NZXT has become a noteworthy player in the chassis market. Over the course of the past few years, the Californian firm has evolved into a crowd favourite by releasing wave after wave of chassis that incorporate lavish designs, comprehensive feature sets, and above all, keen pricing.
Hoping to keep that momentum going is the Source 530, a $90/£80 full-tower chassis that we're told "was created to offer all of the essentials with a focus on affordability and simplicity."
Sounds like our cup of tea, as the Source 530 appears to be offering quite a lot for what in our estimation is a rather modest price tag. Heck, you could buy almost two of these for the cost of a single Obsidian Series 750D.
NZXT's pricing is attractive, but we shouldn't be too surprised. The firm currently has three chassis product lines; the Phantom Series aimed at performance enthusiasts; the H Series designed for silent builds; and the Source Series which is all about affordability.
This is our first experience with the latter, and our initial impressions are good. Despite the 'cheap-and-cheerful' ambition, NZXT's enclosure feels well-put together and all the panels combine to create a tight fit. Granted, the steel panels aren't the thickest we've ever seen, and the frame as a whole doesn't have the premium feel of pricier rivals, but it's more than up to the task.
And call us old-fashioned, but we actually prefer the look of the Source over the equivalent Phantom. Whereas the Phantom 530 is designed to turn heads through exaggerated plastic moulds and wild colour schemes, the Source 530 is far more subtle: there's just a little amount of detailing on the front fascia, and it only comes in black. We wouldn't go as far as to call it pretty, but it's understated and that's all a budget full-tower chassis needs to be.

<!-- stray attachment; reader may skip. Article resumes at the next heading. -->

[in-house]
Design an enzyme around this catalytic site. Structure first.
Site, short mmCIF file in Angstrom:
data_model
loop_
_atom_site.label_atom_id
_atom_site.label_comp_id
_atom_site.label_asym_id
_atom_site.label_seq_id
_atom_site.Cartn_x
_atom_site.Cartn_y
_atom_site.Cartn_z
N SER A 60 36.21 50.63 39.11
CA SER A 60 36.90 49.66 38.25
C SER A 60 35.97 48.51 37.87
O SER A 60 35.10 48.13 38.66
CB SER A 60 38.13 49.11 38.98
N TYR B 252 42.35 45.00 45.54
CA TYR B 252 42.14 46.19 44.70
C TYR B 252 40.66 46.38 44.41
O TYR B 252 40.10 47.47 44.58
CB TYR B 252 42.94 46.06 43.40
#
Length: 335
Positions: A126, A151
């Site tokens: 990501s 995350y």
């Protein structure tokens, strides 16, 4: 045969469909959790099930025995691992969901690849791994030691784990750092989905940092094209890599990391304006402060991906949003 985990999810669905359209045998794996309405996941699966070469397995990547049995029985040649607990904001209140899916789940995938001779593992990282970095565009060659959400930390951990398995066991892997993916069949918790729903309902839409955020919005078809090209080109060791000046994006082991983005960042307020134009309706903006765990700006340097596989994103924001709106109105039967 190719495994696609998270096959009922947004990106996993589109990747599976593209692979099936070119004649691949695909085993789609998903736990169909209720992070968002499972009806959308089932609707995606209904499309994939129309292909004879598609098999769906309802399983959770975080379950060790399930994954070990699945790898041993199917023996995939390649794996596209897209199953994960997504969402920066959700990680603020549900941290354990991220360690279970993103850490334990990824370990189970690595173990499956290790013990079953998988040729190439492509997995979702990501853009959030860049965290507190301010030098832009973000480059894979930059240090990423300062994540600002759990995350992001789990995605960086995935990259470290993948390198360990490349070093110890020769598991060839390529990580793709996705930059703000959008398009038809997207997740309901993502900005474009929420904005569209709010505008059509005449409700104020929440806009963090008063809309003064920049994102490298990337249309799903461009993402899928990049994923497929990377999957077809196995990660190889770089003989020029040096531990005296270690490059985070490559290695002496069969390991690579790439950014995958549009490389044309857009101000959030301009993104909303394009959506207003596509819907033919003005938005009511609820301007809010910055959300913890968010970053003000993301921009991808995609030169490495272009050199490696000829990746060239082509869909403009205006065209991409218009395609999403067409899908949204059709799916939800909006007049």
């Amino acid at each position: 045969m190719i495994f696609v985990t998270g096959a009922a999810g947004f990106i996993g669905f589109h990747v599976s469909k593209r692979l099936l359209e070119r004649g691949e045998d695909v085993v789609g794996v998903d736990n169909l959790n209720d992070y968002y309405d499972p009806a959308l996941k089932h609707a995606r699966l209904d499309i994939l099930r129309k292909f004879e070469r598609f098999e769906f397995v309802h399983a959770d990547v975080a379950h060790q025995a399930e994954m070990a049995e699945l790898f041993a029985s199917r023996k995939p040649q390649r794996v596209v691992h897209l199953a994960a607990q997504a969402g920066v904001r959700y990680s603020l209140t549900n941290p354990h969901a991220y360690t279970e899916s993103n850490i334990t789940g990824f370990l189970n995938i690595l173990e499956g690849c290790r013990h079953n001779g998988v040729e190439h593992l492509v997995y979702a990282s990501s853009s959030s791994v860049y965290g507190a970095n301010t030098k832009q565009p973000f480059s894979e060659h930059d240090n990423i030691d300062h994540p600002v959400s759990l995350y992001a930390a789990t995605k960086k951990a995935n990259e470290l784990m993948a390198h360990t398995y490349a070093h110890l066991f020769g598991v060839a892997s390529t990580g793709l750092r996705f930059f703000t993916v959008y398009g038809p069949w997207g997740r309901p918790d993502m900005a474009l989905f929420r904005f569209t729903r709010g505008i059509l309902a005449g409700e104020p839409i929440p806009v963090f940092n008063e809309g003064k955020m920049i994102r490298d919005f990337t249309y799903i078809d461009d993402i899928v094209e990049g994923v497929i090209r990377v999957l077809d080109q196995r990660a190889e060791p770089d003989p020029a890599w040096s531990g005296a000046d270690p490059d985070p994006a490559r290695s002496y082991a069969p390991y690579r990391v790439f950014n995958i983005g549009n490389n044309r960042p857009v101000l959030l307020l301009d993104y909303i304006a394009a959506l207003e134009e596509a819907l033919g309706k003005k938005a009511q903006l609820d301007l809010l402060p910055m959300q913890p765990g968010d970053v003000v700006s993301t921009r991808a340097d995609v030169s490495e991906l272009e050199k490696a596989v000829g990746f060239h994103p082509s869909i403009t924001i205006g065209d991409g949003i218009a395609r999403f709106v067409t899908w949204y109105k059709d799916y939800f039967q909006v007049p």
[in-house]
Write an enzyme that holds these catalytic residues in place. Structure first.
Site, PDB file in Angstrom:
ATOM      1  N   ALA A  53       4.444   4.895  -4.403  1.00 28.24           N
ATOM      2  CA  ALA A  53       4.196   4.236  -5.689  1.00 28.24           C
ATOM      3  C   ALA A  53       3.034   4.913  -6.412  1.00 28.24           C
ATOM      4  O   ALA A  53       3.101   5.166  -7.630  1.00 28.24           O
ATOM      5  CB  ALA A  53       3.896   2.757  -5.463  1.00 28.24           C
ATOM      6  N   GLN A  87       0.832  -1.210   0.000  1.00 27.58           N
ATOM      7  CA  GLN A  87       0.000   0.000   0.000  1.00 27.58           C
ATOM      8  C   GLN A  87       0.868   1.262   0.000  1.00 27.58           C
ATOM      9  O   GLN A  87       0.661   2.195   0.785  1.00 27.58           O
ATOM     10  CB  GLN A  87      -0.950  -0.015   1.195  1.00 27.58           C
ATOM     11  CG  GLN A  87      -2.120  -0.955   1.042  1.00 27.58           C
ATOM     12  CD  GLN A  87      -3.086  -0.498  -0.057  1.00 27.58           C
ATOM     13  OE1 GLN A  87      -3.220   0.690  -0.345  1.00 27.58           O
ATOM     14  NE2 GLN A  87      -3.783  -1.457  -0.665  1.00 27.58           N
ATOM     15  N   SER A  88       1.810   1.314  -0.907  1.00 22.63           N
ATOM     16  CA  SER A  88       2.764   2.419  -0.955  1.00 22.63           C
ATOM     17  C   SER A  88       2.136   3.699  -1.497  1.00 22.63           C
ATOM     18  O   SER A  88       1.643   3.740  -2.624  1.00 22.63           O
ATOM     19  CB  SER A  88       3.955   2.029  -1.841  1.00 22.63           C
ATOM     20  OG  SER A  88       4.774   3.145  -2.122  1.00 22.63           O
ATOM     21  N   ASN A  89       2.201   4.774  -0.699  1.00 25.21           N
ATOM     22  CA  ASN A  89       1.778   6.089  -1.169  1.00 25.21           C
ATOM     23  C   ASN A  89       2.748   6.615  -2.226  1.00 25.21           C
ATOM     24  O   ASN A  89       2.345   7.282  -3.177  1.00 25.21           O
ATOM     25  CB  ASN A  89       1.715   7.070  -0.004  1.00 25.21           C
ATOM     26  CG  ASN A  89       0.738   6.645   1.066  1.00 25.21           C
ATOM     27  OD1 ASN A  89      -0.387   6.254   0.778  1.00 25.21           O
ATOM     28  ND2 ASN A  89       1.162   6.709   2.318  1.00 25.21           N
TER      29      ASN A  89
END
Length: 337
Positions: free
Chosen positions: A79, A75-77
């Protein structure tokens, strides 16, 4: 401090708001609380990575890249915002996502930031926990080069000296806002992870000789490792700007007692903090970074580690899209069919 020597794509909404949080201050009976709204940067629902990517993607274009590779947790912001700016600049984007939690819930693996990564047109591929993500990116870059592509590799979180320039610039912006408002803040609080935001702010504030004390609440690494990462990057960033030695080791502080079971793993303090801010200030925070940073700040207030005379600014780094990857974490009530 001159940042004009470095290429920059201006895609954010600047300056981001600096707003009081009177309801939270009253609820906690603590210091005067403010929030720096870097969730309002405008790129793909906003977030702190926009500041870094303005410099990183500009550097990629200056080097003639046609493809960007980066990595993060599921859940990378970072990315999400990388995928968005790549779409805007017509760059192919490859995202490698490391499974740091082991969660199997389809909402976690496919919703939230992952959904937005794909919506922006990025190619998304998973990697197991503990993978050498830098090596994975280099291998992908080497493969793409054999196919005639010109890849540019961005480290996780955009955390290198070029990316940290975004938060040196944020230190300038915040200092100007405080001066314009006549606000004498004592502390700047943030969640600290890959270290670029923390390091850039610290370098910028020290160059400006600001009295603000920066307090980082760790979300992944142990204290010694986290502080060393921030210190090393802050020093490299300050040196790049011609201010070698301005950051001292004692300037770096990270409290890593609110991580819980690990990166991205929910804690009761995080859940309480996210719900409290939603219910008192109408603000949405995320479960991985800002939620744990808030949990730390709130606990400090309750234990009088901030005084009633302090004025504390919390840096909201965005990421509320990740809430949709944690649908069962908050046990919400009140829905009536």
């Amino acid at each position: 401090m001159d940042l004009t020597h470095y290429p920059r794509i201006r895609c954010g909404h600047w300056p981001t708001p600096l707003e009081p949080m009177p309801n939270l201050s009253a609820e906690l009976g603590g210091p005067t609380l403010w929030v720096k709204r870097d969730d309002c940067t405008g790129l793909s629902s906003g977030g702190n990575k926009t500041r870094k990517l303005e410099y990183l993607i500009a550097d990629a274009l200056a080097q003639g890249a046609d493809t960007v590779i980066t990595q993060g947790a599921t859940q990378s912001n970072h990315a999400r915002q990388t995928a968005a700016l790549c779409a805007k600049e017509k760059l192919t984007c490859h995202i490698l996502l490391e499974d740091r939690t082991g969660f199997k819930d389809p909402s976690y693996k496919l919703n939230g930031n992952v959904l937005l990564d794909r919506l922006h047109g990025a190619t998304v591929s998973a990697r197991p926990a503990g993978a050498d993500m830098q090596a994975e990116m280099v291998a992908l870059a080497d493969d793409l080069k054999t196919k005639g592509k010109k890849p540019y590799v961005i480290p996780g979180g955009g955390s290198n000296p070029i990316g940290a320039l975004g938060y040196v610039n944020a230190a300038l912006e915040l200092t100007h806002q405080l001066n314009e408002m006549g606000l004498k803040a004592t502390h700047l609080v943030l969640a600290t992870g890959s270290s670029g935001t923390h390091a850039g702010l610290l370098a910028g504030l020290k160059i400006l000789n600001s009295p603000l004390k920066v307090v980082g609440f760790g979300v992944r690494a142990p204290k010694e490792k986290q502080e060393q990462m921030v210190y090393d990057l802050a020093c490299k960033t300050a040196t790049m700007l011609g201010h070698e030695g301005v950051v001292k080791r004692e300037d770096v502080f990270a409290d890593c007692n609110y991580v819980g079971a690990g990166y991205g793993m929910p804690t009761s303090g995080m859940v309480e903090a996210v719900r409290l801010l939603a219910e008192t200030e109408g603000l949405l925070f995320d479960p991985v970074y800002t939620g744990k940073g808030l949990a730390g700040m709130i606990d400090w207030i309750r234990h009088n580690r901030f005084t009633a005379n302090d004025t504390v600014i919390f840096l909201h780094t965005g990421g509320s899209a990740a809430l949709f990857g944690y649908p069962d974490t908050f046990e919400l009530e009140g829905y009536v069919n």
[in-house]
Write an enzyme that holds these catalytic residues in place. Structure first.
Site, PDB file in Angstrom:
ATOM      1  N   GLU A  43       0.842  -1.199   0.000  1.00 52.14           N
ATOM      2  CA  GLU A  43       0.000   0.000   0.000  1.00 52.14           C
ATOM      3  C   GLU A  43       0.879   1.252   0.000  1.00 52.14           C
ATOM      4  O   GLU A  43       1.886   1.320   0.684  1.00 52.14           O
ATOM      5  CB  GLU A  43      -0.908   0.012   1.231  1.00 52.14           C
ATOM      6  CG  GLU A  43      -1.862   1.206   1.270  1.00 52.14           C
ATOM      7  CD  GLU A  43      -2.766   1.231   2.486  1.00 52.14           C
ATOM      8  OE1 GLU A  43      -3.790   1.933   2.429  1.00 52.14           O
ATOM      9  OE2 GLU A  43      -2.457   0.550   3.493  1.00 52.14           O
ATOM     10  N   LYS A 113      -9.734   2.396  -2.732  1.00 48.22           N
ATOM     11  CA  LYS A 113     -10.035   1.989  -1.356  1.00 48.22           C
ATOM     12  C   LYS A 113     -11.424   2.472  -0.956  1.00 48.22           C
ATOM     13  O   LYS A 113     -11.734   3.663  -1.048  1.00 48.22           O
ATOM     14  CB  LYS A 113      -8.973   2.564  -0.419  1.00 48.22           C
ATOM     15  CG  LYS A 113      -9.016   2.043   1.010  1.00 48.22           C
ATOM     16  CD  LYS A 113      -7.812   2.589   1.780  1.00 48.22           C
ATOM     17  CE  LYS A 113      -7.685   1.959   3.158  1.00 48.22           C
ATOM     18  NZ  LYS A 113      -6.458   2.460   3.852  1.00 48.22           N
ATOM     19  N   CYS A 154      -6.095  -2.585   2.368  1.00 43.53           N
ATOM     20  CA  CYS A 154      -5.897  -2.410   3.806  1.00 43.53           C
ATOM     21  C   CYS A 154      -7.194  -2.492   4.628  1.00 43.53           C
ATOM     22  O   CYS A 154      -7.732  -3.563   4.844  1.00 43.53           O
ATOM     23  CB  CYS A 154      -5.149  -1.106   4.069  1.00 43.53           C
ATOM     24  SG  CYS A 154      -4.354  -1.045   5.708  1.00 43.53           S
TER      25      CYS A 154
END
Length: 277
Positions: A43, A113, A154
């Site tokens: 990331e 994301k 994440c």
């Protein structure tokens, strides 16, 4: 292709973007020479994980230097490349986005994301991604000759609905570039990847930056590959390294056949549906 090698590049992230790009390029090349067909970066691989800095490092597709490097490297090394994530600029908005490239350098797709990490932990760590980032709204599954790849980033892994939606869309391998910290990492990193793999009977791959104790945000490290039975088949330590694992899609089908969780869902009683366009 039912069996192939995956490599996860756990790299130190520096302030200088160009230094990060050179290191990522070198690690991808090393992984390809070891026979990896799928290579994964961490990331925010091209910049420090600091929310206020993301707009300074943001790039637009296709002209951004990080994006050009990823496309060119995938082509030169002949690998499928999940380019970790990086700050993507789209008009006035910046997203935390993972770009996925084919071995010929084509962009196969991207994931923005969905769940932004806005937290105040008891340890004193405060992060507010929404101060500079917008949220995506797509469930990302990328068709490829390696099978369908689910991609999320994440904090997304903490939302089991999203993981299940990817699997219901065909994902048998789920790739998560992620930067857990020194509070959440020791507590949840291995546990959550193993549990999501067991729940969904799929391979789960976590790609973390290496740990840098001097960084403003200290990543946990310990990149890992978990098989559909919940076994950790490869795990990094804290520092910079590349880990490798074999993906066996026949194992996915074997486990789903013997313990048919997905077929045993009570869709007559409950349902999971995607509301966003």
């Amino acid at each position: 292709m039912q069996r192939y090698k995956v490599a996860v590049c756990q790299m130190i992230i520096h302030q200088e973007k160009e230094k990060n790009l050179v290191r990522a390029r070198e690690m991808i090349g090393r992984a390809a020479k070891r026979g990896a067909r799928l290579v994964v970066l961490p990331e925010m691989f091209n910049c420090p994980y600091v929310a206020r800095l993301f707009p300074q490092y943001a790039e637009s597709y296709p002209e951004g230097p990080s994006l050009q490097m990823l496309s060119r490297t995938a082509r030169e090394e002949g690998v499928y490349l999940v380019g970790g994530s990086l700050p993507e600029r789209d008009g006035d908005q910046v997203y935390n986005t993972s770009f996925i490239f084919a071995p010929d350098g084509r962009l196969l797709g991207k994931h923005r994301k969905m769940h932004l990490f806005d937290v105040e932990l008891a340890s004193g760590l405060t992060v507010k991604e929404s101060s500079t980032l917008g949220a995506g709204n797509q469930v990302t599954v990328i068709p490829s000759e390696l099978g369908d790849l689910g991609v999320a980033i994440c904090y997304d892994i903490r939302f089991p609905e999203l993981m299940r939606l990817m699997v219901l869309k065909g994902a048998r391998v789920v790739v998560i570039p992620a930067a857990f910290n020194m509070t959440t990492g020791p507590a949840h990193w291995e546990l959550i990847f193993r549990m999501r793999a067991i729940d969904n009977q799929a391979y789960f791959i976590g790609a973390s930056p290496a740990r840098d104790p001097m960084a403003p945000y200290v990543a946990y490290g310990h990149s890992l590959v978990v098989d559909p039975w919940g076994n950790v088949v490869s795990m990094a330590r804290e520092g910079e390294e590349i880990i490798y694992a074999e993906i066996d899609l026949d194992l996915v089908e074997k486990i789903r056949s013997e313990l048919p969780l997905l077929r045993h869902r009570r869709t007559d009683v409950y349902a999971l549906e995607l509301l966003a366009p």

It's a modest-looking box, and though it's officially marketed as a 'full-tower,' the Source 530 isn't as big as some of the competition. Standing at 507mm (H) x 235mm (W) x 511mm (L) in size and weighing 9.2kg, NZXT's chassis is actually a fraction smaller and lighter than, say, a mid-tower Corsair Graphite Series 600T.
We've been spending a fair amount of time with small-form-factor machines in recent months, so any large tower now feels monstrous in comparison, but NZXT thankfully hasn't gone overboard - the Source 530 is not too intimidating and we've come away thinking that full-tower solutions needn't be any bigger than this.
From the outside, the chassis' design doesn't give much away. A cutout side window is nicely integrated and should do a good job of showing off your key components, four rubber feet prop the chassis up, there are two pull-out dust filters that line the bottom of the case, and both the front and top are adorned with mesh openings. A glance at the marketing material - which proudly boasts a total of 9 fan mounts - suggests that users won't be left wanting in terms of cooling potential.
The front I/O panel, resting just above the trio of optical bays, is kept simple and includes just two USB 3.0 ports alongside audio and microphone jacks. It's interesting to see that NZXT hasn't put the power switch on the front of the machine. Instead, three buttons - power, rear LED on/off and reset - are positioned on the right side of the plastic front surround.
It's great to have rear LEDs on a chassis at this price point - you can turn them on to get a better look at your I/O ports - but the button placement is less than ideal. We'd have preferred a top-mounted power button that's easier to locate, and the LED and reset switches are too similar, making it easy to hit the wrong one by mistake.
Button placement aside, the Source 530 comes across as a safe and unassuming enclosure. Only when you get inside do you begin to realise the potential that's on offer.